This episode may be the perfect example of “Lost in Space: Season Two.” It’s got a bunch of problems, and they’re all ginned up and exacerbated by the main cast. Mostly Toby Stephens and Molly Parker because they’re the parents. But this device—ignore an obvious problem and then act surprised when it becomes a dire situation—kind of sums up season two’s storytelling. When JJ Feild and Douglas Hodge joined the supporting cast as the eventual villains, “Space” had a chance to go somewhere.
Instead, it keeps creating problems to delay any movement. If these were actual problems—which might have been what made the metal termite episode so good—it’d be one thing. But this episode’s all about how Parker Posey teams up with Hodge after Stephens pisses her off by dismissing her. Posey and Stephens were temporary pals—Stephens gave speeches about how he learned as a Navy Seal to lead people, but then it turned out he was full of shit as far as reading his comrades. Sure, Posey had the sads because she saw Nevis Unipan, the daughter of the guy she killed, but Stephens doesn’t know she’s a second-degree murderer; he just saw her in distress and ignored it. It’s not so much inconsistent characterization as lack of it. “Lost in Space: Season Two” lets the events dictate character, only there aren’t enough events, so the characters are spinning out.
So Posey and Hodge are after the kids. Maxwell Jenkins and Mina Sundwall are going to help the robots, even if it means Hodge and Feild don’t get to torture the regular robot until a little later. Jenkins remains entirely obtuse to what’s going on around him, which would work if the show were from his perspective, but he’s not. He’s too befuddled to be functioning as well as he does here. Though it’s Sundwall and Taylor Russell who come up with the plans. Once the kids are all together, the episode works better, so it’s weird they keep the kids apart so much this season. The show refuses to play to its strengths.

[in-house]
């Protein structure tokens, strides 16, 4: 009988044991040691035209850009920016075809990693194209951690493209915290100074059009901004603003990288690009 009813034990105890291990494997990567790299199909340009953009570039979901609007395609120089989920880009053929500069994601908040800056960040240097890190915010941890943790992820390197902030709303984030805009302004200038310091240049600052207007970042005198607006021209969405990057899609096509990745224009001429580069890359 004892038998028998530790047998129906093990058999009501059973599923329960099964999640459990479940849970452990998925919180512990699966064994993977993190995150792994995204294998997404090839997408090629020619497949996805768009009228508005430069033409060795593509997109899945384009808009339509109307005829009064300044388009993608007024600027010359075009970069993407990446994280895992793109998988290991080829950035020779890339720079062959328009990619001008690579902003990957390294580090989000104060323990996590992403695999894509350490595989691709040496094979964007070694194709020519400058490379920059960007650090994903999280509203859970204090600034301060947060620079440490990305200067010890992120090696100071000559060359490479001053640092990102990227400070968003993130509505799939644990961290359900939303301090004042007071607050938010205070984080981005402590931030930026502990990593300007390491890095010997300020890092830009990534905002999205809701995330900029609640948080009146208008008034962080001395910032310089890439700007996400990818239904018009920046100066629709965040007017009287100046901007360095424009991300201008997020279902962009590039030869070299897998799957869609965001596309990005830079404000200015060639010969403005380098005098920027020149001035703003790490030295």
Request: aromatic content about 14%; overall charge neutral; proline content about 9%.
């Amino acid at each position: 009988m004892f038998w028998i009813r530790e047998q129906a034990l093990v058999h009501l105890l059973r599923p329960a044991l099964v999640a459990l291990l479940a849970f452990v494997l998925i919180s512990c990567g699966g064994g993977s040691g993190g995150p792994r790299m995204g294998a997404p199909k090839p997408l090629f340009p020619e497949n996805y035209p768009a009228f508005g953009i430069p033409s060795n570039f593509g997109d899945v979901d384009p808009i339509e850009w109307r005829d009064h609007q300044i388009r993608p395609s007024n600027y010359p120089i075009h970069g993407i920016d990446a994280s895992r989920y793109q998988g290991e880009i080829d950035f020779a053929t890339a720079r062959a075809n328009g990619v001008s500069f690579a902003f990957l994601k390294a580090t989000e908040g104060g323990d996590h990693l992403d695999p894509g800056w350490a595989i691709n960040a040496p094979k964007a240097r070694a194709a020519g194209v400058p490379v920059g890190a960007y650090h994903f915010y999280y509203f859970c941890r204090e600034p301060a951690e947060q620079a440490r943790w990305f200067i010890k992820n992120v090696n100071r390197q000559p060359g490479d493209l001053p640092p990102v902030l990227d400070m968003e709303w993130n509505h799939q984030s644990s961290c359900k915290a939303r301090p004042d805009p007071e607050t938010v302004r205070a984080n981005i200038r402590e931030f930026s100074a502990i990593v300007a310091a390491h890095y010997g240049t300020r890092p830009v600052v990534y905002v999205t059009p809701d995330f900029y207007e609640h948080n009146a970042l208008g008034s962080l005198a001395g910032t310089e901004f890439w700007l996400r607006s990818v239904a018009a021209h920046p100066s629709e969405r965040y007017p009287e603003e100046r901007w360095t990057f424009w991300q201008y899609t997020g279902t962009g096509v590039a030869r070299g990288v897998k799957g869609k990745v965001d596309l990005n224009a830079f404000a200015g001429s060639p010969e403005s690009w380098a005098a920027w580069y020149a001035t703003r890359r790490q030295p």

Feild, Hodge, and Posey are hunting the kids through the mothership while Stephens is out in space rescuing Parker. Except since Stephens didn’t do anything about Hodge being murderous last episode, Hodge has locked them out of the ship, and they’re going to run out of fuel and die in the gas giant together. There’s a bunch of busy sci-fi action tropes they go through while in orbit, but no heart to any of it. Director Stephen Surjik can do all the effects stuff. He just can’t pretend it matters.
Things only go wrong at the end because of a character’s lack of, well, character and whether it can be overcome. It’s an episodes’ long C-plot at this point, and it was apparent from jump what needed to happen. But instead, the show moped along for four episodes just to get a drug-out finale before the season finale.
If the show’s only got as much story for the season as it seems now… the meandering to get here hasn’t been worth it. There’ve been some nice moments for the actors this season—primarily Russell and Ignacio Serricchio (who’s unconscious this episode, apparently Hicks’ing for the grand finale)—but I’ll bet it finishes with the exact narrative stakes where it started with. There’s been no progress, just a bigger supporting cast.
Fingers crossed I’m wrong.